Jerry Kopel


Two weeks ago, this column quoted various sources about casino dependency on compulsive gamblers for a portion of their profits. Last week, the Denver Post reported the Jefferson County DA filed criminal charges against the owner of Bronco Billy's in Black Hawk and the casino's general manager for accepting 30 bad checks worth $94,500 from DeWayne VanWey, knowing VanWey could not cover the checks.

The statute involved is CRS 12-47.1-815: "No person licensed under this article may extend credit to another person for participation in limited card games and slot machines." The section contains no explicit penalty. That brings it under CRS 12-47.1-832 as a Class 1 Misdemeanor.

The Post story quotes Senior Deputy DA Dennis Hall saying VanWey wrote checks totaling up to $10,000 daily during the winter and spring using the proceeds to play dollar slots at the casino; that VanWey eventually ran out of money and began writing checks he could not cover in April and May; that the casino knew the checks were "bad" but continued to accept them.

Colorado's Gaming Division did not uncover this alleged violation. VanWey, states the article, notified the Gaming Division AFTER the casino threatened to notify police about the checks.

A compulsive gambler first depletes personal resources and then continues to gamble big sums without ability to pay. Even if the casino KNOWS a customer is a compulsive gambler, letting him or her continue to gamble is NOT a crime under our gaming statute UNLESS the casino gives credit.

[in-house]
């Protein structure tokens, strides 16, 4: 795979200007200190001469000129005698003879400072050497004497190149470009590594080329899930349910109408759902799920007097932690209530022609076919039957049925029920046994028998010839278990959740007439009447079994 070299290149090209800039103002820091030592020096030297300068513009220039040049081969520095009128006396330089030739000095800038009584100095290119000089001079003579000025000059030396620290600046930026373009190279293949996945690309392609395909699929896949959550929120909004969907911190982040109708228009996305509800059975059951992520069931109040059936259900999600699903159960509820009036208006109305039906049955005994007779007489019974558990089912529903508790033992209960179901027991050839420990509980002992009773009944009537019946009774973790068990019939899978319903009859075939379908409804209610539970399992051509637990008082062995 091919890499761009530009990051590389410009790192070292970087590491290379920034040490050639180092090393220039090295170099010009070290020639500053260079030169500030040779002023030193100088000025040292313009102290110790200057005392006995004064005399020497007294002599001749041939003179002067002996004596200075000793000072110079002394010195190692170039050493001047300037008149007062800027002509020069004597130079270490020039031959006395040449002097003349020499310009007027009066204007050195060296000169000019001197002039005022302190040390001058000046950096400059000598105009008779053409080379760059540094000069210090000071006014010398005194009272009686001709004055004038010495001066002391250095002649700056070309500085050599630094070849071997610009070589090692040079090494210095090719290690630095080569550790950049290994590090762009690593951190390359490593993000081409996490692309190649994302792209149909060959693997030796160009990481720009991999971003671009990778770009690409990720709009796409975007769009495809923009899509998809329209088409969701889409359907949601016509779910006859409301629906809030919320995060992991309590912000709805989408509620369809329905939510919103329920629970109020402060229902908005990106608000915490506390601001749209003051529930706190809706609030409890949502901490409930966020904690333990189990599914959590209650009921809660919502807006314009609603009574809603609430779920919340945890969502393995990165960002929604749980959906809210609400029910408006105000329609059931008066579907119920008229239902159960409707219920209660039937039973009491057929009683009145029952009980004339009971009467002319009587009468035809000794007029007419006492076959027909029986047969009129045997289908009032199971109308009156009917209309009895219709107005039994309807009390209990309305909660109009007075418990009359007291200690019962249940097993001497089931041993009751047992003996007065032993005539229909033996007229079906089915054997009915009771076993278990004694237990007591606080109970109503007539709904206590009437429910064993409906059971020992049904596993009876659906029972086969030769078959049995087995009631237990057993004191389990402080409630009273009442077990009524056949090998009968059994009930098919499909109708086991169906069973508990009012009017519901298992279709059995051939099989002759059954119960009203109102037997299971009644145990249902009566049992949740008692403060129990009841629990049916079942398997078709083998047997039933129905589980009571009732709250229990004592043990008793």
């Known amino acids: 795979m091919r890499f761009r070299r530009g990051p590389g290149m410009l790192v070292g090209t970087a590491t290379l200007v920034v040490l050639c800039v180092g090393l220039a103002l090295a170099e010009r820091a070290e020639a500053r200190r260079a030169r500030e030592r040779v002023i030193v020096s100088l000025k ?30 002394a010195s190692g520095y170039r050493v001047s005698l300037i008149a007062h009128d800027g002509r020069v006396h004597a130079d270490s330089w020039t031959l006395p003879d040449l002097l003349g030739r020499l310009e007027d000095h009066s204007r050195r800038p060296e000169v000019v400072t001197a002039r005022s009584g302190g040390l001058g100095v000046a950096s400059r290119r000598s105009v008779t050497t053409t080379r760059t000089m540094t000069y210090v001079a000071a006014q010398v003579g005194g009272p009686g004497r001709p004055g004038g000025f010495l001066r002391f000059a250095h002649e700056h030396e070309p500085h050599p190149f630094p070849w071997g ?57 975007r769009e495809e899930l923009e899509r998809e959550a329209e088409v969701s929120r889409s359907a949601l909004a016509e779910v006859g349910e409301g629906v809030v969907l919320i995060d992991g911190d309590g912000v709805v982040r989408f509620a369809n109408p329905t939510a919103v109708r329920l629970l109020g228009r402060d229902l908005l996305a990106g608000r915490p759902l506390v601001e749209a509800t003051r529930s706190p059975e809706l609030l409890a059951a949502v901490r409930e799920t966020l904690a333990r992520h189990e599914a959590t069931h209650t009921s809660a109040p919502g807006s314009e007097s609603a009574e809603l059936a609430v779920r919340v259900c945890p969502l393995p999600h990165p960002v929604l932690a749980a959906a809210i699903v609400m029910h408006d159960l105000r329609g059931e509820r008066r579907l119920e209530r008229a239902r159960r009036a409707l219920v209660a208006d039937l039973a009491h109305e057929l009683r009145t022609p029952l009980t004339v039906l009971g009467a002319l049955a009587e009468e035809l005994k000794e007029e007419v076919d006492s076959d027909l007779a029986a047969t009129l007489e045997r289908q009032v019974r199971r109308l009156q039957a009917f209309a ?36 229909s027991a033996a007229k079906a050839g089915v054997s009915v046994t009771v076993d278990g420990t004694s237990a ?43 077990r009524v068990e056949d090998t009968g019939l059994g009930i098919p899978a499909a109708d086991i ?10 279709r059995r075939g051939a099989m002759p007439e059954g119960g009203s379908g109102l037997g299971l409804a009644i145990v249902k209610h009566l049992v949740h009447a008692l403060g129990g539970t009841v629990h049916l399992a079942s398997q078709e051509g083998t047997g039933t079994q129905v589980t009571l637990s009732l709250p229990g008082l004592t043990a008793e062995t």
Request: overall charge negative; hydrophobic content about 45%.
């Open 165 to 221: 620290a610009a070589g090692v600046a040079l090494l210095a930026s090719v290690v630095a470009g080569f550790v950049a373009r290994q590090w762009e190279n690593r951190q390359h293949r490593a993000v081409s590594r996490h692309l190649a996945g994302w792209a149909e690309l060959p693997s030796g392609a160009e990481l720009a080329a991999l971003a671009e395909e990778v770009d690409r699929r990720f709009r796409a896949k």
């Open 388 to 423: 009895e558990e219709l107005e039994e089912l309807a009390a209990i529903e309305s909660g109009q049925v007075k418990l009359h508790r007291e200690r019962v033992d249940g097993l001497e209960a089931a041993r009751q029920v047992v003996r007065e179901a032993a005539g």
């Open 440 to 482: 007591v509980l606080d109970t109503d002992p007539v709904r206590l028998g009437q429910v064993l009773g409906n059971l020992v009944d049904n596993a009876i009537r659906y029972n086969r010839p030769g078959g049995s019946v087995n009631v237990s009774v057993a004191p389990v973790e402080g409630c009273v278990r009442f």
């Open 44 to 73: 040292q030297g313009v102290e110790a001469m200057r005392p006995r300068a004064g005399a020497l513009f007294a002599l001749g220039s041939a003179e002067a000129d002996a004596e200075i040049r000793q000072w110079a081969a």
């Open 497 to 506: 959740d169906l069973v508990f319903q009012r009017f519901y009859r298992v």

Contrary to the Post article, Mr. VanWey does not owe the casino $94,500. He should hire an attorney and have a court expunge any liability once it is proven the debt would not have occurred except in violation of the criminal code.

The Gaming Division might find a lot more VanWeys if they posted notices in casinos urging customers to report any "credit" given, mentioning a customer's ability to wipe out any such "credit debt".

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Two weeks ago Aaron Harber speculated: If no candidate obtained a majority of electoral votes, if Gov. Lamm came in second and Dole third, Congress might choose Lamm president over Clinton as Dole could not be considered in the vote cast by the House. While the hypothetical is no longer valid, neither was it correct. Article XII of the constitution provides "if no person have such majority, then from the persons having the highest numbers, not exceeding three, on the list of those voted for as president, the house... shall choose...the president." That would have included Dole.

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